Wallace then continued with, “excuse me, McNichols Arena in fabulous Denver, Colorado. Along with me is Jim Brown, and I’d like to introduce you to what is called The Ultimate Fighting Challenge.”

In his opening lines, Wallace had sad the name of our event wrongtwiceand sounded like he almost threw up in his mouth live on air.

And that set the precedent for Wallace’s night.

He gave a wide array of pronunciationsall wrongfor Teila Tuli and Gerard Gordeau. He consistently mispronounced Jimmerson as “Jimm-AH-son,” and Rosier (correctly Roe-zher) as “Roe-ZEER.” Ignoring the Portuguese pronunciation of Royce, in which the R is said like the English H, as in “Hoyce,” he called him Royce with a hard Rlike Rolles Royce. He also referred to him as “Roy.”

Wallace didn’t fare much better with the names of his on-air colleagues, calling Rod Machado “Machacho,” Brian Kilmeade “Kilmore,” and Rich Goins “Ron” and “Rod.” Not once in the entire broadcast did he correctly refer to him as Rich.

Our tournament bracket was “the chart,” the instant replay was “the rematch,” our fighting area was “the octagonal octagon,” and our location in Denver was mentioned numerous times as being “a mile high up in the air,” as though we were floating around in that cloud city from The Empire Strikes Back.

And over the course of the broadcast, Wallace had these gems as well:

“Sumo is very formal, because it’s a very national sport of Japan.”

“You have a Kenpo stylist against basically a kickboxer that uses the boxing techniques along with the kicking techniques of Taekwondo of kicking.”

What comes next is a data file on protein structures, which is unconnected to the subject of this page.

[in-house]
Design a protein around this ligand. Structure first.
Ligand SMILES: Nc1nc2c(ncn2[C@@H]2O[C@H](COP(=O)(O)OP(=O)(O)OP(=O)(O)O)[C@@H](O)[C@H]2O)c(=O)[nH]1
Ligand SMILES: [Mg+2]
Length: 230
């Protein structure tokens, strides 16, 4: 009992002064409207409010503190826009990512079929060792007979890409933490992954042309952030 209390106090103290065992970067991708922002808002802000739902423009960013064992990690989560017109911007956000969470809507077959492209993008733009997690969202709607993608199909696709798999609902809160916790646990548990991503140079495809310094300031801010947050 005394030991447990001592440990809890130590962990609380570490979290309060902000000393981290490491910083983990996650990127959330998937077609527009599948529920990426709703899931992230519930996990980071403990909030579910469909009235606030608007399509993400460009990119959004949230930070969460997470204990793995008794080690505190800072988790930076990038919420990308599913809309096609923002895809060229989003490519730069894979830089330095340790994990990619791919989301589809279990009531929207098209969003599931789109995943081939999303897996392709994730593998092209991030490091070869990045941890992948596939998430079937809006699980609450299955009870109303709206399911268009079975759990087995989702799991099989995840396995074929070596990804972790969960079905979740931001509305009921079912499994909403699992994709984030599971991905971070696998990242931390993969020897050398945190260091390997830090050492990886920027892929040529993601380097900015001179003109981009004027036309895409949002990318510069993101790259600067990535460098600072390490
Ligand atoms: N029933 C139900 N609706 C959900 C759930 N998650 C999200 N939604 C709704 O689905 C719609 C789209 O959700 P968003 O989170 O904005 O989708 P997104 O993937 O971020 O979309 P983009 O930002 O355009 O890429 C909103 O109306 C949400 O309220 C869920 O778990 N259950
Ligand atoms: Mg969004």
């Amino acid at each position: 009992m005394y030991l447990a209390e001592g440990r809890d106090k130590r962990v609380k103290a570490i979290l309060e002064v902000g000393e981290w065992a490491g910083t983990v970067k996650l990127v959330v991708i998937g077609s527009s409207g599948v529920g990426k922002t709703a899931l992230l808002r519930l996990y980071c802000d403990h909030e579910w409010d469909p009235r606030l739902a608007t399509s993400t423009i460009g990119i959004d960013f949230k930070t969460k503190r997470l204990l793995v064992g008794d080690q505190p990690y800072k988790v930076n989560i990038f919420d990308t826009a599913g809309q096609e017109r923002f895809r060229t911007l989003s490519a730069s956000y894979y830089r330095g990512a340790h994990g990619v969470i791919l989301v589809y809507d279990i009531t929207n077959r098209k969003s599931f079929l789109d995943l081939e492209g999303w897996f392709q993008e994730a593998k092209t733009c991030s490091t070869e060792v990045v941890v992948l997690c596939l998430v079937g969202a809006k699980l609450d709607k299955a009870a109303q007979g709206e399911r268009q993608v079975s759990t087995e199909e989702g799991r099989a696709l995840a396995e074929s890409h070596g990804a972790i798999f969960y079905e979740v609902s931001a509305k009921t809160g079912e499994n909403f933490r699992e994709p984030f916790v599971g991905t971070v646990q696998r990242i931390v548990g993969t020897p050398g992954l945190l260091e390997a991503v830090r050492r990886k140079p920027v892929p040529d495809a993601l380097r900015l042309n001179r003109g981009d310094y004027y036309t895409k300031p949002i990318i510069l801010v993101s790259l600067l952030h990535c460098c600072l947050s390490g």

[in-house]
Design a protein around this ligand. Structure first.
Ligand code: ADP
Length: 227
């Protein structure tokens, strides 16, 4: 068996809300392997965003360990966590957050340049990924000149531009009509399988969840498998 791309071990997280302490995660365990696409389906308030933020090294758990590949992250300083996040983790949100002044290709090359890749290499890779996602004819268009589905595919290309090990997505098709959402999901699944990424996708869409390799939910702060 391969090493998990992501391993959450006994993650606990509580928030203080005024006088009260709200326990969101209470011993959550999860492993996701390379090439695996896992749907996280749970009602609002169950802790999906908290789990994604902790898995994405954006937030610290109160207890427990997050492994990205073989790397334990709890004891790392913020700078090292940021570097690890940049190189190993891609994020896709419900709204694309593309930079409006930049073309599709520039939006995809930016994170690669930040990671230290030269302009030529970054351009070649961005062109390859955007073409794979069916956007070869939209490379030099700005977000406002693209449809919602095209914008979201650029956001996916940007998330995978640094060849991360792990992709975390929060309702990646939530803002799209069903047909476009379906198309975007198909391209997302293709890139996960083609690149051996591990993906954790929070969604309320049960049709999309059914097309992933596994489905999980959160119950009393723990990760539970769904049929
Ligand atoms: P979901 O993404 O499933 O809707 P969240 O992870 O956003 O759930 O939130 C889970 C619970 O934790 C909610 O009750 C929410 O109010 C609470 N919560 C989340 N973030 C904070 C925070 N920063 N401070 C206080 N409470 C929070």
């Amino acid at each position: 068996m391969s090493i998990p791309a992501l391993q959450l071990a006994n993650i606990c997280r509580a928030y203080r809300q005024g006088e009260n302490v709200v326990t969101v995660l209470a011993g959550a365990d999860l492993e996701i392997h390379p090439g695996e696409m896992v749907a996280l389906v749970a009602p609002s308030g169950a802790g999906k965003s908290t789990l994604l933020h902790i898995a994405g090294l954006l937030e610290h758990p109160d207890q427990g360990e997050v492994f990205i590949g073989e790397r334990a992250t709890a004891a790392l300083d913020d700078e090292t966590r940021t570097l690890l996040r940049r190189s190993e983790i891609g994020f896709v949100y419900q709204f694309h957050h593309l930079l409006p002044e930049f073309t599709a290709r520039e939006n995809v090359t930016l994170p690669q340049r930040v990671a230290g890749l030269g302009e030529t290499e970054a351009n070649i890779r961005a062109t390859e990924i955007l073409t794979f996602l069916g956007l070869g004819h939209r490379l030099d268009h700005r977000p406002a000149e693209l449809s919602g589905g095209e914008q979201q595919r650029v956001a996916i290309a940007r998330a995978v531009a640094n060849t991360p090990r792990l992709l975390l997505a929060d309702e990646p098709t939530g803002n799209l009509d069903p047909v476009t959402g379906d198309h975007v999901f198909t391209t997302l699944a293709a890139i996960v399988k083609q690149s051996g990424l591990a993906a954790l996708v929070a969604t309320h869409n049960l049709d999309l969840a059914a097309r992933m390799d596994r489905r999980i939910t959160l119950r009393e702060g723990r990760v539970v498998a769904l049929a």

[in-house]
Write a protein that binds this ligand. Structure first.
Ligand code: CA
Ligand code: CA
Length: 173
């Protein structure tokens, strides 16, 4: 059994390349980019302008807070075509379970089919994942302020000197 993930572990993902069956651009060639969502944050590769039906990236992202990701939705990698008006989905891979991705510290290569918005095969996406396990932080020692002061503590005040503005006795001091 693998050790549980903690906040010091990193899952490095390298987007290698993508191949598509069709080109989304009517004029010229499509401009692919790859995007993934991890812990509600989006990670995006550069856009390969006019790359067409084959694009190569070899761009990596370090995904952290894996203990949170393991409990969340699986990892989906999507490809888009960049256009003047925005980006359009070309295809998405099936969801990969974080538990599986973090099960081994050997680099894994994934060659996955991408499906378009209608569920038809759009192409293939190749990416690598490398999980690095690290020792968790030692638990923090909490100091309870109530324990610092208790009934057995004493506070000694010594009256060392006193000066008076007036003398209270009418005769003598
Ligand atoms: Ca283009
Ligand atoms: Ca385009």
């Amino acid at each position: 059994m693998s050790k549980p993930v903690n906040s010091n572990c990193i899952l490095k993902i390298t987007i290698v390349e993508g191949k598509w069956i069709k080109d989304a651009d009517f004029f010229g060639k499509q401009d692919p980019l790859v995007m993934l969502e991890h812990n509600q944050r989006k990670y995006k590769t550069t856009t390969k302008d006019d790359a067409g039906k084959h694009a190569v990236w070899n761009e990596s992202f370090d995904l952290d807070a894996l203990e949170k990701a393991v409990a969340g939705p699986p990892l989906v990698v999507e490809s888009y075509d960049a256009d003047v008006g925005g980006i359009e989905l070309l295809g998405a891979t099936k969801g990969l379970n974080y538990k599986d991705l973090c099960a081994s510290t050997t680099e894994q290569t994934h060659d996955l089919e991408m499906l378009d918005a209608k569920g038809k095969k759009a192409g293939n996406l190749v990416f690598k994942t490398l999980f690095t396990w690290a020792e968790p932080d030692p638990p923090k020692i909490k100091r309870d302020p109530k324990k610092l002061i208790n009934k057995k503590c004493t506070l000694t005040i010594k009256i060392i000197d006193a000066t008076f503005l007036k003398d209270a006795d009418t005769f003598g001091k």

“Pain hurts.”

“It kind of discomboberates you.”

“I’m an old person, if you want to wrestle, we can wrestle.”

“Most fights do (end up on the ground) because you’re in a bar room and that bar’s kind of slippery with all that, with all that beer on the ground and all that glass down there and everything.”

“The mouth is the dirtiest part of the human body. You wouldn’t think so but it is.”

“Now you’re going to think how maybe those kicking techniques can set up some grappling techniques, or maybe create the opening that you need for the, what you might call the kaboomer.”

“Most boxers when they enter the ring, they’re nice and wet already.”

And, “it’s kind of ironic that Royce Gracie’s going to wear his judo top.”

Of course, it was not a “judo top” and there was nothing ironic about Royce wearing it.

That was one of my personal favorite bits of the book. Seemingly benign, I know, but part of what I like about Is This Legal is that it reminds us about the little things that we all miss as well as the big things we never got a chance to see.

Is This Legal is one of MMA literature’s more important works. If you’re a fan of MMA, you need to buy this book. You will learn A TON about the true genesis of the UFC (not Zuffa’s ridiculous version of events) while being thoroughly entertained thanks to Davie’s matter-of-fact attitude about life and quick wit.